Malta Tanks (Royal Tank Regiment)

The Malta Tanks was a unit designation for an independent Royal Tank Regiment (RTR) unit made of a mixture of British tank types deployed to Malta in World War 2.[1]

Malta Tanks, Royal Tank Regiment
ROYAL TANK REGIMENT.png
The Cap badge of the Royal Tank Regiment.
HeadquartersMalta
Manpower
ConscriptionRegular British Army
Deployed personnel1940
The crew of a Vickers Mk VIb Light Tank servicing one of their Vickers Machine Guns in the field. Note stone wall camouflage paintwork unique to Malta Command.
The crew of a RTR Valentine tank loading their 2 Pounder 40mm main gun (not a Malta Tanks' crew).
Two of the 6 RTR Cruiser tanks being unloaded from a convoy ship docked in Valletta in 1942.
A Malta Tanks Matilda being used to tow a Beaufort torpedo bomber which made a belly-landing at RAF Luqa after being damaged during an attack on the Italian Fleet, 16 July 1942.

Role and Deployment HistoryEdit

The first armoured unit destined for Malta was organised in 1940. Unit was formed with strength of 5 officers and 62 other ranks; and was attached to 44th Battalion RTR prior to its embarkation for Malta; the unit was part of Malta Command.

On 28 November 1940 1 Independent Troop, 44 RTR (commanded by Captain R E H Drury) arrived on the Island on Convoy R.45.[2] The Troop's heavy equipment included:[3]

  • Four Matilda Infantry Tanks (nicknamed: Faulknor, Gallant, Greyhound, Griffin)
  • Two Vickers Mk VIB Light Tanks
  • Four Motorcycles
  • Four Bedford OXD 30-cwt lorries
  • Two 15-cwt trucks
  • One 15-cwt truck (water bowser)
  • One Car Utility.

1942 the tanks of A Squadron 6 Battalion RTR (which had sailed from Alexandria) arrived on the Island. By 30 June 1942 the British armour was organised thus:[4]

  • One Troop of Vickers Light Tanks
  • Two Troops of Cruiser Tanks
  • One Troop of Matilda Tanks

The A Squadron 6 RTR group was made up of 3 officers (Major S D G Longworth, Lt K J H Macdonald and 2Lt J Stiddard and 79 other ranks.[5]

On 21 Dec 1942 A Squadron, 6 Royal Tank Regiment amalgamated with the Malta Tank Troop and is referred to was reported as “Malta Tanks” with effect from this date. The whole unit remained under Central Infantry Brigade for administration.[6][7] Malta Tanks was commanded by Major S D G Longworth.[8] X Squadron had set sail with 13 A13 Cruiser tanks but five were lost when the ship carrying them struck a mine and sank. Other tanks (Valentines) also arrived in 1942.

The unit never became larger than 19 vehicles and did not see action. It spent the war patrolling, boosting morale across central Malta and acting as tugs removing damaged aircraft from runways.

EquipmentEdit

Malta Tanks was equipped with five types of tank during its time on the Island.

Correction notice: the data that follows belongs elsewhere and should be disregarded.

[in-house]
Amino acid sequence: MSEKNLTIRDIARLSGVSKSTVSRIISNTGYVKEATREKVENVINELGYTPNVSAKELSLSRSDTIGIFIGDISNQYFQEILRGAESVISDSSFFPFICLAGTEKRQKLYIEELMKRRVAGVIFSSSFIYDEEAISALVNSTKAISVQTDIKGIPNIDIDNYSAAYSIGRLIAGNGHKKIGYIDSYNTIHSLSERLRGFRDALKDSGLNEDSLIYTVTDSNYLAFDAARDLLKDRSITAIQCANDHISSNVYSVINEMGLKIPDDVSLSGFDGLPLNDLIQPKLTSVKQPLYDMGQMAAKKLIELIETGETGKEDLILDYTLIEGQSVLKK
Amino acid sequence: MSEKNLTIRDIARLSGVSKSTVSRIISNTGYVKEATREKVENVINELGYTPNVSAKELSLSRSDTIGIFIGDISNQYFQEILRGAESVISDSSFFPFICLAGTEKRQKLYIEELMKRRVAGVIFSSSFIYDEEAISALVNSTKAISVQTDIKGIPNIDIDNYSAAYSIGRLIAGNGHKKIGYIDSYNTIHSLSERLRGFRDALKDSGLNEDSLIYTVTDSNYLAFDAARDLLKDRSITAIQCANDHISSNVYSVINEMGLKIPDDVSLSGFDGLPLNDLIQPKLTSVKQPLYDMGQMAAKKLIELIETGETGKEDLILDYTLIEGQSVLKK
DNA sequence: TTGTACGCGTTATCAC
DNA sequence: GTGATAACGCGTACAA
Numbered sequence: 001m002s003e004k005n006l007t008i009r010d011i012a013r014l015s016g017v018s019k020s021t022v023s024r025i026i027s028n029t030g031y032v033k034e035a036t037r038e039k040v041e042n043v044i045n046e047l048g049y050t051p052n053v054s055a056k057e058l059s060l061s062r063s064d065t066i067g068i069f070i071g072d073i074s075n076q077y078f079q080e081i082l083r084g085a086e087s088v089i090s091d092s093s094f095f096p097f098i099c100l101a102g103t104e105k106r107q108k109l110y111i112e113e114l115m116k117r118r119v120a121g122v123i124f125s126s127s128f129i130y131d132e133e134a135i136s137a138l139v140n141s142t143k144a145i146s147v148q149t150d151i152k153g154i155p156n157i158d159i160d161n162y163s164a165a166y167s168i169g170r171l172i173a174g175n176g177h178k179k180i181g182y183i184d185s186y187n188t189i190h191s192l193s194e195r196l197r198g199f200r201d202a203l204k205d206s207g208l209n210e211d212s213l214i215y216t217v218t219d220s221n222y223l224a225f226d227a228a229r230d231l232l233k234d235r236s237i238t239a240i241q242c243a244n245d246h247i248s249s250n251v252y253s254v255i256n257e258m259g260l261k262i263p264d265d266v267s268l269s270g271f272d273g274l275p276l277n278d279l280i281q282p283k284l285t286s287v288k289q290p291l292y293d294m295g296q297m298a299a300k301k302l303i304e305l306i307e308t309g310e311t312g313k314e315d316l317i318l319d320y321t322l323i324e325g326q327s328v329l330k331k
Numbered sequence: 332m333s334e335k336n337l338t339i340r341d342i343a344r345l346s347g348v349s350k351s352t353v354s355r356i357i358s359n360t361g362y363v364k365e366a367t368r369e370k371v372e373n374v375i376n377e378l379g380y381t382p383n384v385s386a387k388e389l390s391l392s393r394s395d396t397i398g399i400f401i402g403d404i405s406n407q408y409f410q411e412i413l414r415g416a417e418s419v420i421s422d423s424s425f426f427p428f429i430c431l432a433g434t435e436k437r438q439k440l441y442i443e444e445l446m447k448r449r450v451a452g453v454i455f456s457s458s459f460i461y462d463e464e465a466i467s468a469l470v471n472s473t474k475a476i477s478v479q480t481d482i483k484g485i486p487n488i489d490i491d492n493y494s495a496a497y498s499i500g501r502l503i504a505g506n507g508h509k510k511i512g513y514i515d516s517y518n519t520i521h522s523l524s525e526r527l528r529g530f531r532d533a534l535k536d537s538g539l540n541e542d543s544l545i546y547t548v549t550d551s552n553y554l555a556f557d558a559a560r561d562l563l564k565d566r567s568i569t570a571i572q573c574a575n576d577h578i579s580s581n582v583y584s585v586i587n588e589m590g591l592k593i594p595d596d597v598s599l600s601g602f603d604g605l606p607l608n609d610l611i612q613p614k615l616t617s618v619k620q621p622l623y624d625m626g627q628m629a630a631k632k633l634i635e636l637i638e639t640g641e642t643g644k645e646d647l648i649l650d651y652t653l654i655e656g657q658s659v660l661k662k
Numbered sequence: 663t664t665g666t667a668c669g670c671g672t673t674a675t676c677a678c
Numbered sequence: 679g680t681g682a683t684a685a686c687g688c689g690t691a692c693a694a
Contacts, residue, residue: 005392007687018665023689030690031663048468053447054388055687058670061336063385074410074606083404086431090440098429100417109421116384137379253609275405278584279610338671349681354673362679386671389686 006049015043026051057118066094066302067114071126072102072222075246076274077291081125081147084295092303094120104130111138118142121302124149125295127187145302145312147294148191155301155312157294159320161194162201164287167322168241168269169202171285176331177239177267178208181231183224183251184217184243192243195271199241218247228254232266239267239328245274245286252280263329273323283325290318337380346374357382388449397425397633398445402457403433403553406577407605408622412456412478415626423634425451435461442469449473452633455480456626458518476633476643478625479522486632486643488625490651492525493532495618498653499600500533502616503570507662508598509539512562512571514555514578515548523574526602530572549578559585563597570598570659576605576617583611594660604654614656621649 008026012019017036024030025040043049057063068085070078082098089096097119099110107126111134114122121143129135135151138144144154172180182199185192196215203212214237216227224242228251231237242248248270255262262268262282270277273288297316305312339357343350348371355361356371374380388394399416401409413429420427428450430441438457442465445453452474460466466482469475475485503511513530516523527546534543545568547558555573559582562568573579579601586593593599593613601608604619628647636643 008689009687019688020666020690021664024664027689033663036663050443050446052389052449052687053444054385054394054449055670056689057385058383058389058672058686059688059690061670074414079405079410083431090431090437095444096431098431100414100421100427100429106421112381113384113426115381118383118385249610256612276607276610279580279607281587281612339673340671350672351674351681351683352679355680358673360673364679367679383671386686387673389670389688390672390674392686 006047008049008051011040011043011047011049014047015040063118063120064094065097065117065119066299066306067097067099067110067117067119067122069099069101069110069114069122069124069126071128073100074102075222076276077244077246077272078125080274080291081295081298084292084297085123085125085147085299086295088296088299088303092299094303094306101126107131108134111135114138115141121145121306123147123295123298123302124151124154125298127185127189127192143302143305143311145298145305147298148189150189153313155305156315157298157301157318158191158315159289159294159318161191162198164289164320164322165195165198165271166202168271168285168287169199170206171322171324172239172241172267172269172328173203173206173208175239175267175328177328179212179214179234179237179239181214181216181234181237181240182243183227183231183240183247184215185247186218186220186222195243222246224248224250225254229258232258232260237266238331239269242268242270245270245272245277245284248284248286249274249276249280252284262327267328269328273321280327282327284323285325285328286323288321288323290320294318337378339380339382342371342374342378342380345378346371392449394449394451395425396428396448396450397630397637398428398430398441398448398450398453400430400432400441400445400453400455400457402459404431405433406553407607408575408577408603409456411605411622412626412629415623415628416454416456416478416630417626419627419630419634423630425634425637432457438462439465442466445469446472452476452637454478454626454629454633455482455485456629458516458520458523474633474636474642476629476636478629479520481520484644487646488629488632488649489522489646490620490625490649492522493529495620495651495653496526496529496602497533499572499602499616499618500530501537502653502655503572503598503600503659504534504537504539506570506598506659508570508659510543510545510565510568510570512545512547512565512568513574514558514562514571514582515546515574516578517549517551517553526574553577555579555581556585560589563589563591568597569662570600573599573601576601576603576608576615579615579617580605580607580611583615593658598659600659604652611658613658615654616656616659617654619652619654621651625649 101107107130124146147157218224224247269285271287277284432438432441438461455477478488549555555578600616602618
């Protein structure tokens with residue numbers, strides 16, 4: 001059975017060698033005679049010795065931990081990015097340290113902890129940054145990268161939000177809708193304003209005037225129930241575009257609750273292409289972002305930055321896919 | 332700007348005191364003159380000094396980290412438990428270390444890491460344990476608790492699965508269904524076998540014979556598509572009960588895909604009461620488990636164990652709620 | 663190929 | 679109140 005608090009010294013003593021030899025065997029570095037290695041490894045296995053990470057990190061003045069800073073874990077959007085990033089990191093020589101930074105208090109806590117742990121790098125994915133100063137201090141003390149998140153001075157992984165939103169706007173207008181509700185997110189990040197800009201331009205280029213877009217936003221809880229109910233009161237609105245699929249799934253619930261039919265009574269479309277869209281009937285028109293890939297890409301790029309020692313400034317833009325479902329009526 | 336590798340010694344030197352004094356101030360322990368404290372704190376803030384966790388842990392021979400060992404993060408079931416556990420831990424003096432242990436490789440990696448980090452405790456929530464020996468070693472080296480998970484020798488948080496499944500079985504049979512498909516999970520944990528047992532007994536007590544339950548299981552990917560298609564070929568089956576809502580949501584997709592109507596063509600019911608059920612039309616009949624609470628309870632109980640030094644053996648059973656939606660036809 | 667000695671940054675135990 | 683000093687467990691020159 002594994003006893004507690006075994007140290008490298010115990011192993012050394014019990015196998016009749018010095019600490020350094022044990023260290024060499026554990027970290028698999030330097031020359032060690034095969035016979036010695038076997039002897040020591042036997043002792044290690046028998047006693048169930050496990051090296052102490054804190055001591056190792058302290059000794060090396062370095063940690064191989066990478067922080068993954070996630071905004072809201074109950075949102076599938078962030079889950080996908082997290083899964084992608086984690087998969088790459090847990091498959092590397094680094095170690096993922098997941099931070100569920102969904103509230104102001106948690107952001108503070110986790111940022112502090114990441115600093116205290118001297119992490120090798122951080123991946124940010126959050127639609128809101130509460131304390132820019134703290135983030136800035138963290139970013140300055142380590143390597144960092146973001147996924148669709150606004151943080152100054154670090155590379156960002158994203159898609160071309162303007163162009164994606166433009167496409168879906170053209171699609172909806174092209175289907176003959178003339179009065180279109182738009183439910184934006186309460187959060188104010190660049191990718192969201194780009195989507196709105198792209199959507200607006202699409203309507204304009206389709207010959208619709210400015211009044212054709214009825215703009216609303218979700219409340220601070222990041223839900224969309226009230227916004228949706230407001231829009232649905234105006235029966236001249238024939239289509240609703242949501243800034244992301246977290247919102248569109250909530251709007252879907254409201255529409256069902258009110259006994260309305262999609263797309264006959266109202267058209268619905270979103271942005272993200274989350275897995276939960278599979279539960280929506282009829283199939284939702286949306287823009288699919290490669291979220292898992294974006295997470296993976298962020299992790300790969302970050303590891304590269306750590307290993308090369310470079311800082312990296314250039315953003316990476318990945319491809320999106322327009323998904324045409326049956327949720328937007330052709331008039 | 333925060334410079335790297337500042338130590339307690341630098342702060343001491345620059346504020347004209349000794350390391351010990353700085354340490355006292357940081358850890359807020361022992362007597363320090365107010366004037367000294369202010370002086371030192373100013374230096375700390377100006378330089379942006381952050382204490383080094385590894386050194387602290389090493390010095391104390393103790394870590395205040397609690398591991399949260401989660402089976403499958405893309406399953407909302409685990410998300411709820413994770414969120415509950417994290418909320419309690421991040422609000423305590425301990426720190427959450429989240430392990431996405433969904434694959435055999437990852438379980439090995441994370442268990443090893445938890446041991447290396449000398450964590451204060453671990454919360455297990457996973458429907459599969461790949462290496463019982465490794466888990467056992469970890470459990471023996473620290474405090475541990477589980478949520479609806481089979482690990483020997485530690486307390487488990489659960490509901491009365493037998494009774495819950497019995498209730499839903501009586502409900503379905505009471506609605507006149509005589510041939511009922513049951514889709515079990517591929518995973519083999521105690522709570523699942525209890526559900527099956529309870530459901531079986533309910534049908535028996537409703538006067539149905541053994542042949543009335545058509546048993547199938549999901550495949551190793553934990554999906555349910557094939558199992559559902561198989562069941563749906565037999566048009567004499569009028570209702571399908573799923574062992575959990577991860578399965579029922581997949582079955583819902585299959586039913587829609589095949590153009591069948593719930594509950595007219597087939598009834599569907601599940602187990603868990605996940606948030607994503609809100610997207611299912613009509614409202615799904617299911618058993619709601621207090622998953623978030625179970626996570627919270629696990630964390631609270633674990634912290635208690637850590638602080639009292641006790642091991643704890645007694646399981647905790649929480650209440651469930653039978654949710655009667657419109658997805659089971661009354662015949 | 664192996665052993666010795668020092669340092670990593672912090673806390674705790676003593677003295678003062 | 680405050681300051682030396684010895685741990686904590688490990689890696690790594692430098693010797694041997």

Name Type Photo Armament & Numbers on Island
Vickers Light Tank (Marks VIb&c) Reconnaissance Tank Dual turret fit of a Vickers .5in and .303 or Dual turret fit of a Besa 15mm and 7.92 mm Machine Guns - Three Deployed
Matilda (Mark II) Infantry Support Tank 2 Pounder 40mm gun & Besa 7.92 mm coaxial machine gun - Four Deployed
Cruiser (Mark I or A9) Cruiser Tank 2 Pounder 40mm gun & 3x 0.303 Vickers machine gun - At least one Deployed
Cruiser (Mark III or A13) Cruiser Tank 2 Pounder 40mm gun & Besa 7.92 mm coaxial machine gun - Seven or less Deployed
Valentine (Mark III) Infantry Support Tank 2 Pounder 40mm gun & Besa 7.92 mm coaxial machine gun - Four Deployed

See alsoEdit

ReferencesEdit

  1. ^ UK, National Archives. "Malta Command: Malta Tanks RTR, WO 169/14554". discovery.nationalarchives.gov.uk. Retrieved 15 July 2017. CS1 maint: discouraged parameter (link)
  2. ^ UK, National Archives. "Malta Command: Royal Armoured Corps: 1 Independent Troop Royal Tank Regiment (RTR), WO 169/904". discovery.nationalarchives.gov.uk. Retrieved 15 July 2017. CS1 maint: discouraged parameter (link)
  3. ^ Brown, Peter (2012). "Malta Tanks". Military Modelling. 42 (2): 44.
  4. ^ "Advanced Dressing Stations". www.maltaramc.com. Retrieved 15 July 2017. CS1 maint: discouraged parameter (link)
  5. ^ Cull, Robert. "War Diaries of the 6th Royal Tank Regiment". www.warlinks.com. Retrieved 15 July 2017. CS1 maint: discouraged parameter (link)
  6. ^ UK, National Archives. "Malta Tanks Royal Tank Regiment, WO 169/7395". discovery.nationalarchives.gov.uk. Retrieved 15 July 2017. CS1 maint: discouraged parameter (link)
  7. ^ Fitz, Gordon (28 October 2014). "Metal War Beasts of Malta". SWAG. Retrieved 15 July 2017. CS1 maint: discouraged parameter (link)
  8. ^ Allied, Newspapers (8 April 2012). "Luftwaffe's deadly return to Malta in 1942". Times of Malta. Retrieved 15 July 2017. CS1 maint: discouraged parameter (link)

External linksEdit